4 points guide to express your creative calling

Nothing just happens, folks. Only ideas come to you out of the blue, but even then they really don’t appear out of thin air.  We usually know the cracks, wells and heavens they inhabit. We go searching for them with a big pasta strainer. We get them and it feels good.

One of the best feelings of the creative experience is waking up and realizing that it’s time to move yourself toward a new level in  your work. Even while still in bed, the mixture of adrenaline, excitement and terror starts to build in your blood stream, softly fondling your veins from inside. It squirrels away through the progression of morning grooming threatening to spill over once you have that coffee and the celebratory dance. However, this ‘calling’ for a bigger challenge,  for higher level of consciousness, and/or the step in the unknown direction in your work,  if you will,  rarely gets to detonate  into a full-blown actions on your behalf. It happens mostly because none of us exactly knows what this ‘calling’ really is. And we don’t have the technique helpful to exercise this ‘calling’ to see what it’s made of.

Confronted with my realization of how good it would be if I had a system for myself to properly respond to those days, I started thinking about developing a program. It’s good for us to open up, to try themes and messages we usually don’t touch in our work. It doesn’t make us inconsistent, it diversifies the thought process. Because I write as well as make art, I came up with this exercise relating both activities together in the critical approach.

Building your idea as a simple structure can be helpful because it calls for a level of clarity. Most times being clear or purposefully ambiguous is a good way to engage with your audience.  Attempt constructing your artwork as a good English topic sentence – with your topic on one side and your opinion on the other side of it.

1. Choose your topic.  The more specific it is, the better.  For example I pick war in Afghanistan; it is still too broad – I narrow it down some more. Going in tighter, I choose – the role of women in the war of Afghanistan. And I thin it down to Russian women married to Afghans and living in Afghanistan during the American invasion….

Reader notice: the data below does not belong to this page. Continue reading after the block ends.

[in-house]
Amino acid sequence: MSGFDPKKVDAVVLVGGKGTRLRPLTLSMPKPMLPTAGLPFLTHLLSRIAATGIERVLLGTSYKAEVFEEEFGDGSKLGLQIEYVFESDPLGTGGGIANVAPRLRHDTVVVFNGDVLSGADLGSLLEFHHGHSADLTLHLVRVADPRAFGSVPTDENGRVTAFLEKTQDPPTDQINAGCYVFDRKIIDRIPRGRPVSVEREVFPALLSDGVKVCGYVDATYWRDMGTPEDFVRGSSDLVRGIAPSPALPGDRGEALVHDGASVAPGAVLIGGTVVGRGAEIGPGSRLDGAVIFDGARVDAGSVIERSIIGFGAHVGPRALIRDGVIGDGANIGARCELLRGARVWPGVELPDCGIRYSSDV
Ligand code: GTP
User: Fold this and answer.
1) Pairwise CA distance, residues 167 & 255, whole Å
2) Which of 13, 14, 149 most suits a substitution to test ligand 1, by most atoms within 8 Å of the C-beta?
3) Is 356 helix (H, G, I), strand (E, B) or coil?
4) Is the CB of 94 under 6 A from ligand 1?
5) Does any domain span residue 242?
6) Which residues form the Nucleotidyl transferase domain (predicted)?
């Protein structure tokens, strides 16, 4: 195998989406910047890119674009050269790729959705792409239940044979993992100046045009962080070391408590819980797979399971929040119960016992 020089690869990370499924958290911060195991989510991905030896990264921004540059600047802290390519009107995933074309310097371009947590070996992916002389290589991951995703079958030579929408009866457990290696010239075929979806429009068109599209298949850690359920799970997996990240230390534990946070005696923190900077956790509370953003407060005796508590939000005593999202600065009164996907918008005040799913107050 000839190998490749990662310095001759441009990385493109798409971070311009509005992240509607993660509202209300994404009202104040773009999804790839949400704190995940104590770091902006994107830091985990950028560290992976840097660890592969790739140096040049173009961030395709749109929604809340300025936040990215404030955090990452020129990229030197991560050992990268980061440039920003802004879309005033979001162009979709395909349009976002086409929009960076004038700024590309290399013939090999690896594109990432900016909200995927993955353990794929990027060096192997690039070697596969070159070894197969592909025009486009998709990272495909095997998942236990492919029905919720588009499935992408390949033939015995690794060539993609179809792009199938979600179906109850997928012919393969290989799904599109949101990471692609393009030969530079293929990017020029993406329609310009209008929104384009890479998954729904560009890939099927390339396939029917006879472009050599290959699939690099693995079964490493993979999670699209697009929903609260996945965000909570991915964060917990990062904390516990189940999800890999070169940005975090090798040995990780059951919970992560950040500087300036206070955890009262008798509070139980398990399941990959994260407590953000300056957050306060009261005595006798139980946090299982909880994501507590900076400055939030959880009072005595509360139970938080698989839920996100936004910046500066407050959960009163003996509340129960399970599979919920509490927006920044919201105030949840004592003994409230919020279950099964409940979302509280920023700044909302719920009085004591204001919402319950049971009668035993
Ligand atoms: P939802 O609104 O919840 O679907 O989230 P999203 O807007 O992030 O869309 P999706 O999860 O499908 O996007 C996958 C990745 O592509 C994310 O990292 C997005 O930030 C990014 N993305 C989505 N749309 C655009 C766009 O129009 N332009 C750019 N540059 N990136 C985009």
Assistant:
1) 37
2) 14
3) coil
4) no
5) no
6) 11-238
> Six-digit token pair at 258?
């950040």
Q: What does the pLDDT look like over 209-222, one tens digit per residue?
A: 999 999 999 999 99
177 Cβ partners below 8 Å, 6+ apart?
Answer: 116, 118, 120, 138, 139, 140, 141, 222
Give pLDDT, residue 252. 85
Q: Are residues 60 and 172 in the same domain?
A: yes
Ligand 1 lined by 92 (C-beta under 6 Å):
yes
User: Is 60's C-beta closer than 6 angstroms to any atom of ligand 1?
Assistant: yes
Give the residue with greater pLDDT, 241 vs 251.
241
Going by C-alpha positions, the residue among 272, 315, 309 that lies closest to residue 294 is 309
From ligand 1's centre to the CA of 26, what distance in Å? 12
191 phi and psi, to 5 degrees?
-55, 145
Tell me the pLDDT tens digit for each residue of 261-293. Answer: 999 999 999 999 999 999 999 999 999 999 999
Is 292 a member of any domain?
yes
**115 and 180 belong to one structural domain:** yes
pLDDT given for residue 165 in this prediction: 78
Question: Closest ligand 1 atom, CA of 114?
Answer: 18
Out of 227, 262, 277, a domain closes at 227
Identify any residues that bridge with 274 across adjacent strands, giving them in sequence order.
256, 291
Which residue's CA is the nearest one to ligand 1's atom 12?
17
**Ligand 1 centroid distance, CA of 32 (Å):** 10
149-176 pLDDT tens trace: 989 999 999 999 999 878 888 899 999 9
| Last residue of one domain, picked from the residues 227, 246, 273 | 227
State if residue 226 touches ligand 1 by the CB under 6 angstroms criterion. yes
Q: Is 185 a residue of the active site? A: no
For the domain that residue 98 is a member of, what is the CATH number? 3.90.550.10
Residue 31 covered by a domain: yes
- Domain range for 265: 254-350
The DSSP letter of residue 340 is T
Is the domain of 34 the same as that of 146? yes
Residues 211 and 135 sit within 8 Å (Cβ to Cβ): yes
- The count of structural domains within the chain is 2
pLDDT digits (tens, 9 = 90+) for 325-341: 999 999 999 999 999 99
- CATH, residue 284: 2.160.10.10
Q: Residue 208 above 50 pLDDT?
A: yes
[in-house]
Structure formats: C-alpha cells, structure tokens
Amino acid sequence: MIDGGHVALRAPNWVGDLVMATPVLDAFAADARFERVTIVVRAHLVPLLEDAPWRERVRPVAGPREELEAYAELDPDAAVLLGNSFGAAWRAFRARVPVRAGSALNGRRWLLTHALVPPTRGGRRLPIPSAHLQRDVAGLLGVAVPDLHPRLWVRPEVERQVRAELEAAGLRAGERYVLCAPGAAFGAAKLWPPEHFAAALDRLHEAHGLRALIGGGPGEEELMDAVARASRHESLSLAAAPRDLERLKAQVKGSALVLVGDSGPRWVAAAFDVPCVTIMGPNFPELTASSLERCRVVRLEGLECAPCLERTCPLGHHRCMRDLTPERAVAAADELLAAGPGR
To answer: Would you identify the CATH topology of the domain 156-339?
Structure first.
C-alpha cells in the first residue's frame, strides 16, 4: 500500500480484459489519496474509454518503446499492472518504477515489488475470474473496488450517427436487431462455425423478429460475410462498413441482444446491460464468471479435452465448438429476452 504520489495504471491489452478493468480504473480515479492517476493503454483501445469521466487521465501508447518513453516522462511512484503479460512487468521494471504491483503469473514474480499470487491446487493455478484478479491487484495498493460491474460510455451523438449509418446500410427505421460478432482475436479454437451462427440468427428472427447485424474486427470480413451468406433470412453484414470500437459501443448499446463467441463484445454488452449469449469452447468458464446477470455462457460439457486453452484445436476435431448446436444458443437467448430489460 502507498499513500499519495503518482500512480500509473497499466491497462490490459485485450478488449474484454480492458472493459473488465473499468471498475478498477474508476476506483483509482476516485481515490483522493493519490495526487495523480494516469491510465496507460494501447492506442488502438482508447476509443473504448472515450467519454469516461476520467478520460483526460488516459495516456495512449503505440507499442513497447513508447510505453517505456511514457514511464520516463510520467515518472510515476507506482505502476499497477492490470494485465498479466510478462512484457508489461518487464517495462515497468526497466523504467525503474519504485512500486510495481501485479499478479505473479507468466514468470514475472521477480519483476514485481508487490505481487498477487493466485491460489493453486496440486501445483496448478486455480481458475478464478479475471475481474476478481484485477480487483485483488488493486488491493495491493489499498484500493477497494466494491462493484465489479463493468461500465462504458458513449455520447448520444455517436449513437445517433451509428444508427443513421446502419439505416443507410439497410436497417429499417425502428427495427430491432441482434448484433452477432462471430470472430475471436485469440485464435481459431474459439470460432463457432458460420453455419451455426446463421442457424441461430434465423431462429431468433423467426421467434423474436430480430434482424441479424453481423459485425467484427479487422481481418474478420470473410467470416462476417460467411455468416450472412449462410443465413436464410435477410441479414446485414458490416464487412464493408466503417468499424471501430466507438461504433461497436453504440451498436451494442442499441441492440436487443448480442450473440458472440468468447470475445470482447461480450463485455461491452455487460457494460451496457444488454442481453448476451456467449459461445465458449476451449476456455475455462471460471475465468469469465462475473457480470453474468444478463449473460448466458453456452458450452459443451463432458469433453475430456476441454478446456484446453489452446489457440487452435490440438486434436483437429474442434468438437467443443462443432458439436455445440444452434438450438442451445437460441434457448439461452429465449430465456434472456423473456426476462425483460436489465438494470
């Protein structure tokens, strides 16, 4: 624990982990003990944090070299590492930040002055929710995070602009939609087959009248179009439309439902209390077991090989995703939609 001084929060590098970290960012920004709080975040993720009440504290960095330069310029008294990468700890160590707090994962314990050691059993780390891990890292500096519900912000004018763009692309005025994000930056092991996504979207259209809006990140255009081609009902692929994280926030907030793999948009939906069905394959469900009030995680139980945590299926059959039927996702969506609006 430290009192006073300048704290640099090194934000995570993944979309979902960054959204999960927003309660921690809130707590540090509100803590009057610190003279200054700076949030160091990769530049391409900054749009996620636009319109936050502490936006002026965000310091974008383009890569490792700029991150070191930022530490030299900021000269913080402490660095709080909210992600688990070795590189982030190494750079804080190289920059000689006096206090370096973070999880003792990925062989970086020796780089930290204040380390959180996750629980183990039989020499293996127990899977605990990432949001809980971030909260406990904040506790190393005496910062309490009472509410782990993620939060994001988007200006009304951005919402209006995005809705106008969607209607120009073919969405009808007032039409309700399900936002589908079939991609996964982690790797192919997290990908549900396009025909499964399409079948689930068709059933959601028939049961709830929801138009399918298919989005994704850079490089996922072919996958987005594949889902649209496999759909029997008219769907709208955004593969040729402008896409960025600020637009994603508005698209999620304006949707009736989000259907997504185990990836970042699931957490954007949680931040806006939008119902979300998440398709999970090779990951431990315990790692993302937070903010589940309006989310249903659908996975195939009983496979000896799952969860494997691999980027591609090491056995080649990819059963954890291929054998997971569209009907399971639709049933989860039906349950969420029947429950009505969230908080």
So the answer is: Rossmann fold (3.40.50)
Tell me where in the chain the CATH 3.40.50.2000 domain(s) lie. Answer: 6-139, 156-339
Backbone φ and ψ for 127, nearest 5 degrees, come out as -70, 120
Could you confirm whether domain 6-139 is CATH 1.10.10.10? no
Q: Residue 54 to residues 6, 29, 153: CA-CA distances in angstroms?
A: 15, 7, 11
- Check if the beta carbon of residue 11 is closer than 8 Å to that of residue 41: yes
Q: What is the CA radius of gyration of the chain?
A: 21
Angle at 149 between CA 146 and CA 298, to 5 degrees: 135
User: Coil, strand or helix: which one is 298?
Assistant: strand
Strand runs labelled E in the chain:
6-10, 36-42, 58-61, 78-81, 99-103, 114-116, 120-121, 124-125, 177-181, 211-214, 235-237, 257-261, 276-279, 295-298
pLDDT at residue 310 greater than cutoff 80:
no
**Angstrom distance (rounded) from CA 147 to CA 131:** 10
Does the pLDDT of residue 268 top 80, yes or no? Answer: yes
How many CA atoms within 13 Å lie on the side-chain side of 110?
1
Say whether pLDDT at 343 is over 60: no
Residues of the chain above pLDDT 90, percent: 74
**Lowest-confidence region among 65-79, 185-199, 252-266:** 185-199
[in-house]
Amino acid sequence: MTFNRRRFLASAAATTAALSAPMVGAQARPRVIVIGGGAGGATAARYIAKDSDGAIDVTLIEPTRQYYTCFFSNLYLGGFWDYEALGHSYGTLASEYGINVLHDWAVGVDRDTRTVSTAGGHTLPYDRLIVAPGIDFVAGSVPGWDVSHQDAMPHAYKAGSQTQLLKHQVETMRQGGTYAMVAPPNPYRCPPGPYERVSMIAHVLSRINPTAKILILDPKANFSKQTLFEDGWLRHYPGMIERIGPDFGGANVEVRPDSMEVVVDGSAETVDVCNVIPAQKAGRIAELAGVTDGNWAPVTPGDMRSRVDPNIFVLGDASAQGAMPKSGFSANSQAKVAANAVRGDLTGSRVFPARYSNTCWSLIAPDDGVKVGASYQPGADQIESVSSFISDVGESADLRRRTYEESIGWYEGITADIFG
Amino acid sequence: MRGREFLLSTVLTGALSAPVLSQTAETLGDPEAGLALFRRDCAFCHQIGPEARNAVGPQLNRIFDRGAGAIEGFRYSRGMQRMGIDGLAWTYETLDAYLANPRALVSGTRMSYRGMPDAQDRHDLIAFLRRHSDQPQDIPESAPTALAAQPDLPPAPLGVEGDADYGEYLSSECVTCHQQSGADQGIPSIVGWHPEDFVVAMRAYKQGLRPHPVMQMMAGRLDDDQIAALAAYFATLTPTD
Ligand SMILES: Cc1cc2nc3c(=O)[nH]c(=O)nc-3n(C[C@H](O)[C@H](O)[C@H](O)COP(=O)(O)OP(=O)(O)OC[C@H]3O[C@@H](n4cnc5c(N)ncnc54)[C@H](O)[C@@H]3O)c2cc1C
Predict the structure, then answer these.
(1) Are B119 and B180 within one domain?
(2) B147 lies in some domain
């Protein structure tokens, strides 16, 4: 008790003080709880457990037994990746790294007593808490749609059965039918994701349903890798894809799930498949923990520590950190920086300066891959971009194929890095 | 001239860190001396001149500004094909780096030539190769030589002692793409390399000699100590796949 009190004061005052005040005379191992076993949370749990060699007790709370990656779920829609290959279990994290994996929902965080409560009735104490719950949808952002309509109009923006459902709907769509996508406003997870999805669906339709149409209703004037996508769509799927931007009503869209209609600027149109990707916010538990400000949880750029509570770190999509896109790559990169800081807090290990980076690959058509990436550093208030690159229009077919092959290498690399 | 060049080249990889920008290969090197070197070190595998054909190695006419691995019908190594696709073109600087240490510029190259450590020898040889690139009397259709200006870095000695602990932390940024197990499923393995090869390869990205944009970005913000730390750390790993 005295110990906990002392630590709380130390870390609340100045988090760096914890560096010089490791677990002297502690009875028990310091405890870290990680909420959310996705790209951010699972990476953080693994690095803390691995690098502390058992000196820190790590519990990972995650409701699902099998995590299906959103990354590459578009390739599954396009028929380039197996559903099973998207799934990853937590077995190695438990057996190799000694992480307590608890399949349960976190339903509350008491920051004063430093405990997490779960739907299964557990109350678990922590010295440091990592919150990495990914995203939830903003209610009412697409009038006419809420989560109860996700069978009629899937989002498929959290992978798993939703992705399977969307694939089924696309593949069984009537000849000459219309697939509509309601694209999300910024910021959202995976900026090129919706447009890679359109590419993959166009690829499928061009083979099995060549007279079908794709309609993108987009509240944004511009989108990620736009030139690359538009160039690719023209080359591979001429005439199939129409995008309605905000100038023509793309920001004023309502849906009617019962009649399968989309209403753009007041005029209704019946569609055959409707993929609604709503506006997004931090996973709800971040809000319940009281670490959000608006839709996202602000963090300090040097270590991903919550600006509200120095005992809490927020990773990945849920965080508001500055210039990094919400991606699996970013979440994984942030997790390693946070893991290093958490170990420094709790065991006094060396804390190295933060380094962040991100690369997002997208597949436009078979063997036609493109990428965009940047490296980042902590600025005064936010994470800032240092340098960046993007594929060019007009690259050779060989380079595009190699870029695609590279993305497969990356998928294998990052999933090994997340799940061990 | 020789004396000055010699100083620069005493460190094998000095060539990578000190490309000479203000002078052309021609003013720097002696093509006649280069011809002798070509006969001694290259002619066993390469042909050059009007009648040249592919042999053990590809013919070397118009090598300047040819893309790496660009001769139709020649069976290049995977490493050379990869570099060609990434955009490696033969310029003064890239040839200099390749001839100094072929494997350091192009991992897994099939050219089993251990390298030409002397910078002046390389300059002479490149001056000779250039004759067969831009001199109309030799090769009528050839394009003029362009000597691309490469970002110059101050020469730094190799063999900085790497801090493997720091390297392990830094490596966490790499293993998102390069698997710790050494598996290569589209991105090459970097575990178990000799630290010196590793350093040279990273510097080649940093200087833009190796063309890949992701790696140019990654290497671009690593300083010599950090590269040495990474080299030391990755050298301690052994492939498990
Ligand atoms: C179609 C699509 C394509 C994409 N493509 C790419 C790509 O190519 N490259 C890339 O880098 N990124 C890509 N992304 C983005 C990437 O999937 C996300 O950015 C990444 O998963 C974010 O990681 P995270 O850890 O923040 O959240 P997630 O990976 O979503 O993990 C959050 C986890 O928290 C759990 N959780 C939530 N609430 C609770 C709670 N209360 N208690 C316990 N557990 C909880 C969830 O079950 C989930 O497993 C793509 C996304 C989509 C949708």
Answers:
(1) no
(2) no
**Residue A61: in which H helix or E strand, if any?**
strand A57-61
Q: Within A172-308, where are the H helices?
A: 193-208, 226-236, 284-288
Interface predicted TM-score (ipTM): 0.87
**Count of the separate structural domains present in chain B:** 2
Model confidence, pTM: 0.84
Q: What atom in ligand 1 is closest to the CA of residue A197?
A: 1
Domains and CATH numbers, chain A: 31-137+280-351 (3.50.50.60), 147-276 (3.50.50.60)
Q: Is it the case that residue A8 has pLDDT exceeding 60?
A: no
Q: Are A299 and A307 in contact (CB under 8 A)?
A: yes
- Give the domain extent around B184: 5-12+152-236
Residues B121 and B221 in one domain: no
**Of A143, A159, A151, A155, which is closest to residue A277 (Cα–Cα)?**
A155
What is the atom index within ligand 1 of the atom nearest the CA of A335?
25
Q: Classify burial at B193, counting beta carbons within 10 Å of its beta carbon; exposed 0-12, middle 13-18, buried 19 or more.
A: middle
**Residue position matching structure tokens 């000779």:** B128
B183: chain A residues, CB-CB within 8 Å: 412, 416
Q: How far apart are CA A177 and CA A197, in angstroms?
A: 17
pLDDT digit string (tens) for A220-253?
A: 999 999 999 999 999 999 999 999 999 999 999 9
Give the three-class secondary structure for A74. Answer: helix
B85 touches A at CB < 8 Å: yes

2. Form an opinion about your topic. It might take some research and some heavy thinking. So I take my topic “Russian women married to Afghans and living in Afghanistan during the American invasion and  I literally place on the left of my topic sentence that has to be complete . It is very important that you write it down and have it in front of your eyes and see it. Now, I will place my point of view on the topic  in the right side of the sentence.

Russian women married to Afghans and living in Afghanistan during the American invasion_______________________.

For example Russian women married to Afghans and living in Afghanistan during the American invasion_ had even less rights than Afghan women.

This topic sentence that you have just made is your  thesis statement. It clearly states the focus of your interest and how you feel about it. You have a clear main point that you set out to show for your viewer.

3. Before you move to the next step, you might want to ask yourself one big question. What is the fundamental purpose of your art work?







Make aware of


Having only one or two fundamental purposes helps to make your statement more clear. Try clearly answering that question for yourself.

4. After you’ve identified the topic of your interest and  you’ve formed a clear opinion about it, you are free to engage in the search for your visual language –  images that illustrate  your sentence  in the most universal, uncommon and original fashion depending on what effect you are trying to achieve. Make a list of your imagery and concepts.  For instance, for the topic sentence we have discussed the following images come to my mind.

Burka, tanks, guns, children, blood, long hair, eyes covered, strangers, alienation, contact of skin and burka, mixed children, etc..

Now choose the strongest and the simplest images, that are both strong and full of meaning, and cultural biography

5. Now you  are ready to do your sketches. What medium best represents my topic? Remember  Marshall McLuhan’s “Medium is the Message“, well it’s still works. Do I need color? Do I need collision of forms. Do I need movement? Should I work with preexisting imagery and use collage? Should I use a palette knife or a brush, what medium is going to help the viewer to feel my story?

The  difficult part is uncovering those other topics of interest. As artists we are interested in certain things and sometimes set in our ways and styles. In addition, so many things  are often subconscious and it is not easy to pull them out of yourself  on demand. Carrying a note pad helps jotting down those things that make your heart go zok zok zok.

Now go, get them tiger


2 Responses to “4 points guide to express your creative calling”

  1. Nawabsola Says:

    Just want to say what a great blog you got here!
    I’ve been around for quite a lot of time, but finally decided to show my appreciation of your work!

    Thumbs up, and keep it going!

    Christian, iwspo.net

  2. urbandreck Says:

    thanks a lot, we will! We have been very busy art directing sets of indie productions, but we will intent to write more and more often! merci Christian

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